The leadership of a Massachusetts nonprofit allegedly harassed its own workers over efforts to organize a union, federal investigators note. So reports The Boston Globe.
Coleman Nee, chief executive of Malden-based Triangle, is alleged to have told workers last year that if they supported the union, they could lose their job. Triangle officials then engaged in harassment, surveillance, and coercion. Federal investigators say the nonprofit violated federal labor law.
"It was an injustice," says Amy Banelis, 36, who had worked as an employment specialist with Triangle. The non-profit informed her in August last year that she would lose her job. Triangle trains developmentally disabled people for jobs.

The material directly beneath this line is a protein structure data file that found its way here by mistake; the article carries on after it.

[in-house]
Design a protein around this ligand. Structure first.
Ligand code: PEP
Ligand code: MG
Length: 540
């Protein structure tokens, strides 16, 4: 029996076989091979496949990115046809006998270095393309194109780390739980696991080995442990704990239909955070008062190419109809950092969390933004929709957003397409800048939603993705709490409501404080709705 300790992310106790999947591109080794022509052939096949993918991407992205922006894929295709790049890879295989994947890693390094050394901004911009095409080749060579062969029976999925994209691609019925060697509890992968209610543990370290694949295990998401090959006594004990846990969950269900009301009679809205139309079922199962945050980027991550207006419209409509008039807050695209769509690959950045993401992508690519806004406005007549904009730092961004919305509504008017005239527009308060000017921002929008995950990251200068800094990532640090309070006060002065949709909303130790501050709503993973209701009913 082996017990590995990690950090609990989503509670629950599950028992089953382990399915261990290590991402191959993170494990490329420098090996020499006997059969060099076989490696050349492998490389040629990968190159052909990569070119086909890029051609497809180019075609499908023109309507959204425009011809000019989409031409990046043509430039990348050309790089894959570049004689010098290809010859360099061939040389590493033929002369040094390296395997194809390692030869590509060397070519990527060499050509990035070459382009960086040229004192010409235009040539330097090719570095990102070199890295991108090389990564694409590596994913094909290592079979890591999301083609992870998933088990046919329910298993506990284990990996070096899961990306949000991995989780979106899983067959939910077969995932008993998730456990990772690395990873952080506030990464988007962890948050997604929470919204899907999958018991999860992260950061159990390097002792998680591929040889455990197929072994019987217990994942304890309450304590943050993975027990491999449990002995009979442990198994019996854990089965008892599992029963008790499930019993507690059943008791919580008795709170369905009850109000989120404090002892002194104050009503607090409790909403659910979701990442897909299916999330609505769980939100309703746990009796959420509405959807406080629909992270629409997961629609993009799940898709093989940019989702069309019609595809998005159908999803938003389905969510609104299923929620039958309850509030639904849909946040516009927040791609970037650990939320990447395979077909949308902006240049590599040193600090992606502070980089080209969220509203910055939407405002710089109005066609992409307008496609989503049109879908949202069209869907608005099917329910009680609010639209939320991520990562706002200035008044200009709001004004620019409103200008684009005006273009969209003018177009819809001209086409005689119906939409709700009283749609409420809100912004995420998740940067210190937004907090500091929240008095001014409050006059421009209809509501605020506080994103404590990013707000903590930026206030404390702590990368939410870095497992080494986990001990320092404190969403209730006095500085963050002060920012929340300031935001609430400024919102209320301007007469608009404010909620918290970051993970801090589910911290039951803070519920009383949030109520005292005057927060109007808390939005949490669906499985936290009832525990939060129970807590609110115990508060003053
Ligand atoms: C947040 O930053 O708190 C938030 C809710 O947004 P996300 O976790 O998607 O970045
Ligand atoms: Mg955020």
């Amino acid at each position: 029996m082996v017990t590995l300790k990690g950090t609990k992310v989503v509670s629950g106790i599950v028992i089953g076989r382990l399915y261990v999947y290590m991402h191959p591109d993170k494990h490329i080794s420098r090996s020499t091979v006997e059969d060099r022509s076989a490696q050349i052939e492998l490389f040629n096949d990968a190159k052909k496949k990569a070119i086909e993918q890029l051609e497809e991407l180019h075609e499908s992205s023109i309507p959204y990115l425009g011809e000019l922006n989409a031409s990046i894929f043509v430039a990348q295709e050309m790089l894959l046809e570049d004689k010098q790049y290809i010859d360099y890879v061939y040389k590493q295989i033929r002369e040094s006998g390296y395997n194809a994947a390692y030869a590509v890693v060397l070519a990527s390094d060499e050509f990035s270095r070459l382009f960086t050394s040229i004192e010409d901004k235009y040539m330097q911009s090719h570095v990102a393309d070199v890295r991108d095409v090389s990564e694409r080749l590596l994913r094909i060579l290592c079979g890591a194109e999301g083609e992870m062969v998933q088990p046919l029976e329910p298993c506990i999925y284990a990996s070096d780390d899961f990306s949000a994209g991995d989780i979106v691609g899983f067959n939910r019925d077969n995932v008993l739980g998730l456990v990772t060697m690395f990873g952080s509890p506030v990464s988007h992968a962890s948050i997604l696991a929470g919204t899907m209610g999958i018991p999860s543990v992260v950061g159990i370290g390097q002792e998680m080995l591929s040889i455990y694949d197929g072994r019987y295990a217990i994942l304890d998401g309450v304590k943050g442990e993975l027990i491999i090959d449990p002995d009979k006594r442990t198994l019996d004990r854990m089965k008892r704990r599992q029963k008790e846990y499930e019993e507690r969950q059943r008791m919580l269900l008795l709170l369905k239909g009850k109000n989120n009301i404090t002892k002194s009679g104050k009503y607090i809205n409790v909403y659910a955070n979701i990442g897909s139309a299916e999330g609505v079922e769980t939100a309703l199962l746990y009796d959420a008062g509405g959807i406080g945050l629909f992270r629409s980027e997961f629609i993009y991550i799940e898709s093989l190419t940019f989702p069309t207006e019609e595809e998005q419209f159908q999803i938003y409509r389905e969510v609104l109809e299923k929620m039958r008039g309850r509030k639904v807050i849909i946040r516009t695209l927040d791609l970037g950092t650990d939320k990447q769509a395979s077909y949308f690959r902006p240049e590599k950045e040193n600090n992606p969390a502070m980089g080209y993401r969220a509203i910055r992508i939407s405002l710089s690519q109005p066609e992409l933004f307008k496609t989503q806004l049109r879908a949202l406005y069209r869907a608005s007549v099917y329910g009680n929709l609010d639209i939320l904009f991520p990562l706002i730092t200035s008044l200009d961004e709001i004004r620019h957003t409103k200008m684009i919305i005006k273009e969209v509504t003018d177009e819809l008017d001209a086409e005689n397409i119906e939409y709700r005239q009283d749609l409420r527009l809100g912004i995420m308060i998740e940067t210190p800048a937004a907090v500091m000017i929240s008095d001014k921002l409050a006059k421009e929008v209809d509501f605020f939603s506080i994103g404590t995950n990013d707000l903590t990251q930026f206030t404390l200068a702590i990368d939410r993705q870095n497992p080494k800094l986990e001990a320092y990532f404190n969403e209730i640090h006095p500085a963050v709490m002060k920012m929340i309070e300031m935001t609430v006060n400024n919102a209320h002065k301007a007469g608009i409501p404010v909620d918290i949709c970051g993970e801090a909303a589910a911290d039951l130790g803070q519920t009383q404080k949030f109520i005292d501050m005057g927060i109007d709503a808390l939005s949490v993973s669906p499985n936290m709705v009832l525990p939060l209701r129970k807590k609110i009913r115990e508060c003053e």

"When you have certain individuals fired for organizing, folks are going to be scared," Banelis says. "Triangle had sent a clear message by firing us that they essentially don't want a union there."
The HR director at Triangle also harassed employees and demanded they secure a union authorization from her. Managers targeted employees, making a record in their performance reviews if they spoke with others about unionizing, federal officials note.